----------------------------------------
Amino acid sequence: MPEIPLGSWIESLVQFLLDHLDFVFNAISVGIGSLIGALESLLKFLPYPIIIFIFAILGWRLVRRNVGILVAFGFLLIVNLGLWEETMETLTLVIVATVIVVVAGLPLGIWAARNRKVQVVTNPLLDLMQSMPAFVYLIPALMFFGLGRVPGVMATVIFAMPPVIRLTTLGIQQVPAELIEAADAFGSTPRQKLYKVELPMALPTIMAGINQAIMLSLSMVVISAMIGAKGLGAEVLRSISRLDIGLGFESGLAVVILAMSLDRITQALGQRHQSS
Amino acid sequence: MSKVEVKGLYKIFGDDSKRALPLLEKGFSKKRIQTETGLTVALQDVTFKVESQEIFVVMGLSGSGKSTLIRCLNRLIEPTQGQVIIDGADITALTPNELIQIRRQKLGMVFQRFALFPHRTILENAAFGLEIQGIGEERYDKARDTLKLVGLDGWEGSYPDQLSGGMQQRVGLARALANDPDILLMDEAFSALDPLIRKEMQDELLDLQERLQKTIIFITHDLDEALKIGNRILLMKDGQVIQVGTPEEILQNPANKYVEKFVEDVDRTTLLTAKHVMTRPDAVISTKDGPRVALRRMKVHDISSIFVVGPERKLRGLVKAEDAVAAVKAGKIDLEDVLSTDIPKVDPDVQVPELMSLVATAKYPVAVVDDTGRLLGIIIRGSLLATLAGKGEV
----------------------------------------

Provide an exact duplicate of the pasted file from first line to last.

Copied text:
Amino acid sequence: MPEIPLGSWIESLVQFLLDHLDFVFNAISVGIGSLIGALESLLKFLPYPIIIFIFAILGWRLVRRNVGILVAFGFLLIVNLGLWEETMETLTLVIVATVIVVVAGLPLGIWAARNRKVQVVTNPLLDLMQSMPAFVYLIPALMFFGLGRVPGVMATVIFAMPPVIRLTTLGIQQVPAELIEAADAFGSTPRQKLYKVELPMALPTIMAGINQAIMLSLSMVVISAMIGAKGLGAEVLRSISRLDIGLGFESGLAVVILAMSLDRITQALGQRHQSS
Amino acid sequence: MSKVEVKGLYKIFGDDSKRALPLLEKGFSKKRIQTETGLTVALQDVTFKVESQEIFVVMGLSGSGKSTLIRCLNRLIEPTQGQVIIDGADITALTPNELIQIRRQKLGMVFQRFALFPHRTILENAAFGLEIQGIGEERYDKARDTLKLVGLDGWEGSYPDQLSGGMQQRVGLARALANDPDILLMDEAFSALDPLIRKEMQDELLDLQERLQKTIIFITHDLDEALKIGNRILLMKDGQVIQVGTPEEILQNPANKYVEKFVEDVDRTTLLTAKHVMTRPDAVISTKDGPRVALRRMKVHDISSIFVVGPERKLRGLVKAEDAVAAVKAGKIDLEDVLSTDIPKVDPDVQVPELMSLVATAKYPVAVVDDTGRLLGIIIRGSLLATLAGKGEV